The five-kilometer bi-national free-trade and special economic zone, officially named the International Center for Boundary Cooperation (ICBC), includes the dry port of the Khorgos Eastern Gate—where rail cargo is transferred from Chinese to Soviet-era gauges—and the international springboard of the Western Europe-Western China Highway.
Unlike other BRI nations, Kazakhstan is strategically positioned to be China’s portal to Europe—from their shared border at Khorgos to Kazakhstan’s western Caspian shores in the energy epicenter of Aktau. Resting on the western shore of the Caspian Sea, Aktau began as a uranium mining site during the Soviet era and today is the core of Kazakhstan’s oil industry. A series of pipelines, railways, and freights will not only link Aktau to Khorgos, but also to Russia in the north, Iran to the south, and Azerbaijan, Turkey, and Europe across the Caspian to the west. As Aktau modernizes, adopting containerization to further reduce the cost to ship through the port, BRI countries will have the option to completely circumvent Russia—and the Kremlin’s penchant for reactionary economic sanctions against those on its hit list.
Still, all this promise comes with significant challenges, both for Kazakhstan and for China. The reduced global demand for oil has seen oil prices plummet, resulting in less revenue for Astana to fund BRI and other modernization projects. In addition, many BRI projects have been criticized for their scale, with projects built to exorbitant capacities, well above the available demand and supply.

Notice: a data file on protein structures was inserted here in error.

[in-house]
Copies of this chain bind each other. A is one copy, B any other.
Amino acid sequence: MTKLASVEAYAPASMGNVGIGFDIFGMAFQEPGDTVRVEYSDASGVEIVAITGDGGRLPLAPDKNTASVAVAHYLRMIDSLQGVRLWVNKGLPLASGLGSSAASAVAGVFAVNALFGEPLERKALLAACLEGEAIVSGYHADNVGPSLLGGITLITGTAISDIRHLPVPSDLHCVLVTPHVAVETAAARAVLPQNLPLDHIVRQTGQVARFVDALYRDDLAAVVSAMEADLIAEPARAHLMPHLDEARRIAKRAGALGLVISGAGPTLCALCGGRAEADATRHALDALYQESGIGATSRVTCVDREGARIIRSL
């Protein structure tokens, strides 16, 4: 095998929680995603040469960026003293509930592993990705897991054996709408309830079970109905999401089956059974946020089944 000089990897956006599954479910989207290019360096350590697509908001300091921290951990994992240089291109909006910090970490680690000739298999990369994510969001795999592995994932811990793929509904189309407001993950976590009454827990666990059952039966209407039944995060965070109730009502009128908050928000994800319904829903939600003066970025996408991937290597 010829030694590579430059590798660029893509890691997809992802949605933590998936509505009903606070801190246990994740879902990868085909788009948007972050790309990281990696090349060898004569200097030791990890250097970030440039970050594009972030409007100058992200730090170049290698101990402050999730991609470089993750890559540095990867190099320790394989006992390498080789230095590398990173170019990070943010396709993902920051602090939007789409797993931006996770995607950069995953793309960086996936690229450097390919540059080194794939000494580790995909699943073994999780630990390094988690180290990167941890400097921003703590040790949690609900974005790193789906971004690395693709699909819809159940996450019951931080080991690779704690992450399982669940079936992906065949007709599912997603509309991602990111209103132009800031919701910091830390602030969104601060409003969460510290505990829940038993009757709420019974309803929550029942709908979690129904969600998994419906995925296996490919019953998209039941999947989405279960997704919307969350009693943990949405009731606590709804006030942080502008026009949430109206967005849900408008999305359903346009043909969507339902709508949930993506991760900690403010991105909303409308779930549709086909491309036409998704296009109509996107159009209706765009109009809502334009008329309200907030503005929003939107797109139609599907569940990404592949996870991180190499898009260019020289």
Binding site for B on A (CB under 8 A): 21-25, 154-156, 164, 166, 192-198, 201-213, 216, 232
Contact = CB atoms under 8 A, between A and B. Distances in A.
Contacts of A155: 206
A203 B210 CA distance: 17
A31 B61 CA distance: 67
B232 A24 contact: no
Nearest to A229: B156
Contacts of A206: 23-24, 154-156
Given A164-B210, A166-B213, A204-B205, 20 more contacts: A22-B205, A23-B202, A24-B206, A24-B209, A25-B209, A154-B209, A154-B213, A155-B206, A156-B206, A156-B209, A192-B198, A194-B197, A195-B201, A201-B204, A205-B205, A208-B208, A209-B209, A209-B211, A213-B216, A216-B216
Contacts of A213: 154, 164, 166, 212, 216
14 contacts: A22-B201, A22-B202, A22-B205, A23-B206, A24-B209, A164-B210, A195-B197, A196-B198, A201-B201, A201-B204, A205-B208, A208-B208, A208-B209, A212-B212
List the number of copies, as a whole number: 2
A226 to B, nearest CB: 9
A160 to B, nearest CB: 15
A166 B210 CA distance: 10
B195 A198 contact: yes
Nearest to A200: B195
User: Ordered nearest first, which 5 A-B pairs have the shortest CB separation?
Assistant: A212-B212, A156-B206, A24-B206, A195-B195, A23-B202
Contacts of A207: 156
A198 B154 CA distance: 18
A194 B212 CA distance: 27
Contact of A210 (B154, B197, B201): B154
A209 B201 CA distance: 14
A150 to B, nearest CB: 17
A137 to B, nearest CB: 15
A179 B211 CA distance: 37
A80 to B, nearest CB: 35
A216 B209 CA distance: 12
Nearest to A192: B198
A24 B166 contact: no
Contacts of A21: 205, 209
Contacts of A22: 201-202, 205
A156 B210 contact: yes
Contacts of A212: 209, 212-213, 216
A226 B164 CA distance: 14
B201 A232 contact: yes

Yet, despite these challenges, participating in BRI is a perfect marriage of Nazarbayev and Xi’s integrationist ambitions. From the Khorgos Eastern Gate to Aktau’s Western Gate, Kazakhstan has situated itself as the hub from which the spokes of BRI branch out to the rest of the world. The presidents’ shared vision was even reflected in the foreign delegations’ group photo at BRF, where Nazarbayev stood mere inches away from Xi, second only to Indonesian President Joko Widodo and Russian President Vladimir Putin.
The United States’ predicament
Despite the good fortune revitalizing the Silk Road could bring to the Sino-Kazakh partnership, it remains to be seen how the United States factors into the complex BRI web. The Atlantic Council’s Brent Scowcroft Center, in its new Foresight, Strategy, and Risks Initiative, is examining the implications of various US strategies in a new Atlantic Council Strategy Paper by Gal Luft, to be published later this year.
In the context of this burgeoning initiative, Washington finds itself in between a rock and a hard place, faced with four less-than-desirable choices. The United States could play spoiler, foiling a project that holds the potential to boost nations into the twenty-first century in order to contain Chinese ambitions; participate and risk inflaming Indo-Sino tensions and emboldening Chinese aggression throughout Southeast Asia and in the South China Sea; find an unlikely middle ground of engagement; or simply wait and see if BRI succeeds or collapses under its own weight.
Alexandra Di Cocco is a program assistant in the Foresight, Strategy, and Risks Initiative at the Atlantic Council’s Brent Scowcroft Center on International Security. You can follow her on Twitter @A_DiCocco